The entrepreneur behind a company which develops ‘games for brands’ has opened up on the “soul crushing” moment the Sheffield firm was put into administration.
Tim Cooper is the founder of Team Cooper, a BAFTA-nominated agency which has recently rebranded as ‘Peek & Poke’ and produces HTML5 games for the likes of DFDS Seaways.
However the firm found itself in difficulty in 2014 when graphics software Flash – which it used to make bespoke games for clients such as the BBC, Nickelodeon and Sky – fell out of favour.
“While on the outside it might have looked like we were an up-and-coming interactive agency, the reality was we didn’t really know what we were doing,” Tim said.
“Sure, we knew how to make browser games, but did we have a long-term business plan? No. Did we have a proper marketing strategy? Not really. Were we even making a healthy profit? No, we were not.
“We carried on though, happy to let people believe what they wanted to about how ‘successful’ we were. Right up until the market shifted, delivering a proverbial kick in the balls to the business.”
The team of eight was cut back to just two, including Tim himself, as Team Cooper got to grips with the new HTML5 technology to create a new, cross-platform offering.
“The rise of mobile and social media, combined with the demise of Flash, meant that many of our clients had less budget to devote to games in their marketing,” Tim explained. “And those that did needed to ensure they worked on mobile devices as well as desktop.
“This was no small feat in the early days of HTML5, so many of them decided to hold off on browser games altogether until the technology improved.
“So, like many other interactive agencies at the time, we simply couldn’t continue as we were. We’d run out of chances to figure things out and in March 2014, Team Cooper Ltd went into administration.
“It was the most emotional, painful, soul crushing and embarrassing experience of my career. The worst part being that I had to make the whole team redundant knowing it was all my own stupid fault.
“We found ourselves with two kids to feed and a mortgage to pay with no business, no jobs and a huge pile of debt. It was s***.”
The rebooted Team Cooper spent the next couple of years shifting their focus from bespoke games to providing ready-to-go solutions which could be easily rebranded or reskinned.
“There was still work for clients to be done, and as tough as it had been for us, I didn’t want to let them down as well,” said Tim. “So we came to an arrangement with the administrators to keep trading under the Team Cooper name and a few of us continued on.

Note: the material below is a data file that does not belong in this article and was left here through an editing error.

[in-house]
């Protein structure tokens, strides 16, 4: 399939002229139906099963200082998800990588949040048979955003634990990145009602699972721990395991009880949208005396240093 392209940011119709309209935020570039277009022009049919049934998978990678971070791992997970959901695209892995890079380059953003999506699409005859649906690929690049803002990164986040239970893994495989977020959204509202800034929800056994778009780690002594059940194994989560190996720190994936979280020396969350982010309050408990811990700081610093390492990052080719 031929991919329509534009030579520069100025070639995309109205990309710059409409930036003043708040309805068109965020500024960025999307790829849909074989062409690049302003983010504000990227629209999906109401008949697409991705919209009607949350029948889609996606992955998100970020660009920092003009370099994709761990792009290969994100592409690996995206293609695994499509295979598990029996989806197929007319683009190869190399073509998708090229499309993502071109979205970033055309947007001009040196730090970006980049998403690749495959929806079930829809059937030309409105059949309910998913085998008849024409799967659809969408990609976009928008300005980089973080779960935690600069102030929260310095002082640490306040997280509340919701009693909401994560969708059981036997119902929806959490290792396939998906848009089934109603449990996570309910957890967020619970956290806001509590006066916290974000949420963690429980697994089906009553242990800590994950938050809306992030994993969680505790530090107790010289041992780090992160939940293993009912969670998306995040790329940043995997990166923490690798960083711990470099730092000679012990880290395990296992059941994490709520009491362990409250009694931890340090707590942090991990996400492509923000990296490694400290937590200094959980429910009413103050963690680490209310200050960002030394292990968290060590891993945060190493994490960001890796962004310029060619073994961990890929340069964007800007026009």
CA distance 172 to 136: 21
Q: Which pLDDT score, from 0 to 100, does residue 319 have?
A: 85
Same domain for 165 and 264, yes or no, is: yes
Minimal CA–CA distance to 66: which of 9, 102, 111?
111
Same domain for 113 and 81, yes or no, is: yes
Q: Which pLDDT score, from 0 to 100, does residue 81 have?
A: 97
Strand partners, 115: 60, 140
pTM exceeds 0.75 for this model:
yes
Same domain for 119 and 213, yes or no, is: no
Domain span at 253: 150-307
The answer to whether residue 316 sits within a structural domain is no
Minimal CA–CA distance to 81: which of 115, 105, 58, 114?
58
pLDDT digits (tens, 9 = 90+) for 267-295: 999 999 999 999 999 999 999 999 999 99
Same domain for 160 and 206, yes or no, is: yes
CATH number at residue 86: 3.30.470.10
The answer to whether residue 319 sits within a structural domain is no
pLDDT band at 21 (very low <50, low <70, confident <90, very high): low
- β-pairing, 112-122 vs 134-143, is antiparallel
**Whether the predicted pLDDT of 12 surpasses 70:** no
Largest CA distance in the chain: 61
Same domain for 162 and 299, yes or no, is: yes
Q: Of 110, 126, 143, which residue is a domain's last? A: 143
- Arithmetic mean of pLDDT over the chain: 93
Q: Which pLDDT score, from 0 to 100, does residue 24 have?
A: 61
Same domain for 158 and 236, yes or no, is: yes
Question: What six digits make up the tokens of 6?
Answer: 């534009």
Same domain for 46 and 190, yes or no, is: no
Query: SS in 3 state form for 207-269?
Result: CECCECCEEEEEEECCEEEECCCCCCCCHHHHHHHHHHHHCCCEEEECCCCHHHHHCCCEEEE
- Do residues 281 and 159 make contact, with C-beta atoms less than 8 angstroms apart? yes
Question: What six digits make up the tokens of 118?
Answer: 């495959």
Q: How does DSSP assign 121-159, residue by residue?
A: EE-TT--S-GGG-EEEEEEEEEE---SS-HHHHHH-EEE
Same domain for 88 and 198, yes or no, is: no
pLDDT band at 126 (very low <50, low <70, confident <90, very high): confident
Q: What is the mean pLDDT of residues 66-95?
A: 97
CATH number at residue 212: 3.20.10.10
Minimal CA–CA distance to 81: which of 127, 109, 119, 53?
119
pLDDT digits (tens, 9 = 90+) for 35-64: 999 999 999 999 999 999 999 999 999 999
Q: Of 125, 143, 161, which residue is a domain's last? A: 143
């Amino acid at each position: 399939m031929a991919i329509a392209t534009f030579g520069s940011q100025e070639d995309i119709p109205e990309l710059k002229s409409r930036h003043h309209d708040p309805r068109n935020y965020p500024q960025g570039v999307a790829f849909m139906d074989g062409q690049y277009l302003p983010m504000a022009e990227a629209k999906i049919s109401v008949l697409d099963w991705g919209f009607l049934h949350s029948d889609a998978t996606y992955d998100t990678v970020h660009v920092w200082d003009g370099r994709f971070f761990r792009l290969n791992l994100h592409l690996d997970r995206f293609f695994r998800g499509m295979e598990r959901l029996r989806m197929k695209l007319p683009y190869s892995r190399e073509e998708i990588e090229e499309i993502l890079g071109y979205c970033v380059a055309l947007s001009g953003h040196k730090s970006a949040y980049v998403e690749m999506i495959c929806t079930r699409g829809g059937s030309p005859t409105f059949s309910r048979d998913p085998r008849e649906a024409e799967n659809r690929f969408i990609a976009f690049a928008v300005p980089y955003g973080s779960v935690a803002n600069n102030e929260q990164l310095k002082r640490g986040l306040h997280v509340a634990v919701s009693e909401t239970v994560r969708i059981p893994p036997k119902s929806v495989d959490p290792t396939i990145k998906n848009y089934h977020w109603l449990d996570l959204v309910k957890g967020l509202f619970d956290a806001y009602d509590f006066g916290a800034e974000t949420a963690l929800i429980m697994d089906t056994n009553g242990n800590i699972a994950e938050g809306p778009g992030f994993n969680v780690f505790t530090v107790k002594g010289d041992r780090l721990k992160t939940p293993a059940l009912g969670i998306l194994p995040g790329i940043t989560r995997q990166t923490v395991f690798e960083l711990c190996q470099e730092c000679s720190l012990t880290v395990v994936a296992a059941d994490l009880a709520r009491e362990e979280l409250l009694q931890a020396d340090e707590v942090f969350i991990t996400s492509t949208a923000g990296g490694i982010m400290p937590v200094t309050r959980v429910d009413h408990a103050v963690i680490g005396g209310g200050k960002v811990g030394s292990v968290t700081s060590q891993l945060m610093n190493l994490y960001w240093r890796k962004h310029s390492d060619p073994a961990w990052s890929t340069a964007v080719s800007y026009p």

“Each of those [off-the-shelf] games have been specifically designed for re-branding with marketing campaigns in mind. They each represent 100s of hours’ worth of design and development time and through our new off-the-shelf Piknik service can be delivered for under £1,000.
“I don’t feel I’m exaggerating when I say that’s incredible value for money.”
To celebrate the launch of our new name and new website, we’re running a competition to #win a £250 Mr & Mrs Smith voucher. Play our #valentines rooftop runner for a chance to win. ??https://t.co/0VyzZURtcI pic.twitter.com/vZcJZN5CHz
— Peek & Poke Games (@PeekPokePlay) January 21, 2019
The company has since begun to see growth again with the appointment of a marketing manager in 2016 and an additional games artist and account manager in 2017. Now it feels like an appropriate time to rebrand the company’s positioning.
“Before the reboot, I felt like we sat in-between two industries. We made games, but we weren’t really a games company; we delivered digital marketing for clients, but we weren’t really a digital marketing agency,” Cooper reflected.
“I’ve realised recently that this isn’t true – or at least, not anymore. We are both a games studio and a digital marketing agency.
“Today the company is a very different beast to what it was five years ago. We have a different team and a different business model and it feels like we’ve left behind what was the old Team Cooper.
“For the past few years, still referring to ourselves as Team Cooper just hasn’t sat well with me, a bit like outgrowing an old jacket.
“I still have fond memories of what once was, but given the changes we’ve been through, it feels like the right time for that new name.”
Read Tim Cooper’s full blog about his journey with Team Cooper here.